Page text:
Bugguide's built-in positive feedback features (thanks, Troy Bartlett) are enhanced the more we succeed in getting images identified. When a contributor receives an ID they are often further motivated to submit more images. Tom Murray, bugguide's top contributor, admits the IDs and other feedback prod him to take and post even more arthropod photos, and many a new contributor who gets a rapid ID winds up submitting more and more images.

Thus, the more identifications, the faster the growth. The faster the growth, the larger and more valuable our database resource. The bigger and better the resource, the more specialists we can attract to ID more images. That's a sweet self-reinforcment loop that can be accelerated by efforts to boost any portion of the cycle. I'm mindful of this dynamic when I contact a specialist to view images in one of our increasing number of taxa.

A good idea,
but I think it needs to be taken a step further. A worst case scenario would be a dozen or more 'BugGuiders' all writing similar letters for help to the same authority. This could have only a negative effect. One solution would be to have an official secretary who would write such letters. He/she would receive suggestions from contributors as to the authority and his/her expertise. This would ensure that an authority would receive just one letter for help.
In the past I have written to 4 specialists for help with BG images and have received positive responses from 3, 2 of whom are currently actively identifying images here. It would be a mistake for another 'BugGuider' to solicit help from these specialists on behalf of BugGuide. But as most people probably don't know who these 4 specialists are, the possibility exists for them to receive further requests for help.
Channeling all such requests for assistance through 1 secretary seems to me to be the logical way to proceed. Any volunteers/nominations for Secretary?
my nomination: Jim McClarin

 
Hmmm
Well, I guess I would consider handling secretarial duties until they got too onerous, but the worst-case scenario this is intended to prevent I consider terribly unlikely.

As a veteran volunteer recruiter/coordinator in politics some years back I gained an appreciation for how seldom people rise to a task without being cajoled and wooed and wheedled. If there are six others on bugguide who would accept the challenge, I would be pleasantly astonished.

To avoid duplication of effort I think it should suffice to leave a temporary note on one or more related info pages decribing the endeavor to recruit specialists. Anybody thinking of doing this for any group could be expected to study the info page for that group looking for Internet resources. I will try to always leave such a note in the future, as I did while reorganizing the Acari section and as I'll do right now for Dermestidae and Bruchinae :-) (I've just received a bunch of IDs for those groups from Dr. John Klingsolver that I'll be adding.)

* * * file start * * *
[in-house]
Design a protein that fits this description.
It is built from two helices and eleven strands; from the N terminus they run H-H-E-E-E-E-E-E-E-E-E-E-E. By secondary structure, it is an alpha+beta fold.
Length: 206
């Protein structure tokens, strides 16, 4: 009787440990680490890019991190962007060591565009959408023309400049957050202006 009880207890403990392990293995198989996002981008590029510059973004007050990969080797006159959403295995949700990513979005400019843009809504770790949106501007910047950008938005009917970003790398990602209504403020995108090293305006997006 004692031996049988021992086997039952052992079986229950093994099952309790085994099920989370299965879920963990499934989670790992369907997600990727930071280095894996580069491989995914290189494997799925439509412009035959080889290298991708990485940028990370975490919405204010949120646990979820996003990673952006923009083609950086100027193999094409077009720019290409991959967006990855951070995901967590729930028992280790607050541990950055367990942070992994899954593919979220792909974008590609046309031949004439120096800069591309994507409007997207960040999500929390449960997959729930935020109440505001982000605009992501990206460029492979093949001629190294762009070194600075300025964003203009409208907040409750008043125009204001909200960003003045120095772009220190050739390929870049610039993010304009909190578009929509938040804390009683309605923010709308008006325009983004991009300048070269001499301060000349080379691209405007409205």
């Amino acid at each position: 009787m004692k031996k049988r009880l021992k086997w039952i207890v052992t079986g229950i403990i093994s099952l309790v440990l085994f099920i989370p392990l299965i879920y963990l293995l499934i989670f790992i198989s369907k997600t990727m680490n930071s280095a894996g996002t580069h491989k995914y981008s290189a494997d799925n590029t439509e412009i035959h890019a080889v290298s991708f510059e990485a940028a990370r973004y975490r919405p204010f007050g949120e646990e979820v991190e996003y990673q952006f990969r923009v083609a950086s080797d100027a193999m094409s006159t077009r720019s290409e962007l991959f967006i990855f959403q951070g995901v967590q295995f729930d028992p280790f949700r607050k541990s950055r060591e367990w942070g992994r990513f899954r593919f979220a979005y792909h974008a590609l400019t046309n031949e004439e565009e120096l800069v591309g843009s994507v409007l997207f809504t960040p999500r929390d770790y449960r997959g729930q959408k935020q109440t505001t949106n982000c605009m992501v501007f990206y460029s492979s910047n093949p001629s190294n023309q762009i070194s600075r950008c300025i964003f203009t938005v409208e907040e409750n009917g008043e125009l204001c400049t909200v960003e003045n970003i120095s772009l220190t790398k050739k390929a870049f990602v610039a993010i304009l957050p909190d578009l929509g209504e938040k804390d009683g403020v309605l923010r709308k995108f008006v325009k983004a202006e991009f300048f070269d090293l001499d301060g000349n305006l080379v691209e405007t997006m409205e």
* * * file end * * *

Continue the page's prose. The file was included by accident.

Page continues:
Rather than scatter the info on Info pages
why not keep a list somewhere in Forums of those experts who have been approached already about helping with IDs. Names could be listed alphabetically for ease of reference and in the case of experts active here already, could provide a link to their bio (if they've provided one). I'm thinking this would work along the lines of Beatriz's non-native insects list.

 
An observation
A favorite aphorism of mine is that in many organizations, volunteers are the slow and the weak...

This twist on nature documentary clichés is a bit cynical, but, unfortunately, often close to the truth.

 
Luckily, in the BugGuide.net community
(and in our local Chicago Wilderness community) the volunteers are the strong and the proud. Stay out of their way or you'll be run over!

 
All of us
Editors are volunteers, including you. Welcome aboard, Chuck.

 
I meant
volunteers in the specific sense of "we need someone to volunteer to...", not in the sense of anyone who does work without expectation of being paid.

 
For the secretary --
We have already solicited help on centipedes and millipedes from Dr Rowland Shelley, an expert in North American species. He is already registered as a contributing editor and has said he expects he might have some time this spring after he completes several projects. We will be recontacting him in a month or so to see how we might begin. We have already done some work on the taxonomy in preparation for his visits.

 
Introduction
I thought I would take this time to write and introduce myself. My name is Craig Gibbs and I am in the process of finishing my discertation on neotropical drosophilids out of the American Museum of Natural History. I have greatly enjoyed reading and learning on bugguide and have included my input where I felt comfortable and confident that it would be correct. I look forward to participating in bugguide in whatever ways I can. Keep up the good work!

 
Hi Craig,
If no-one else will welcome you, I will :-)

I would like to read a bit about your research on Drosophilidae of the neotropics. Perhaps you could write a bit about yourself on your personal page (click your name to get there), being sure to include any links to material by or about you on the Web.(Do a [url] before and a [slash url] after any url to make it an active link.)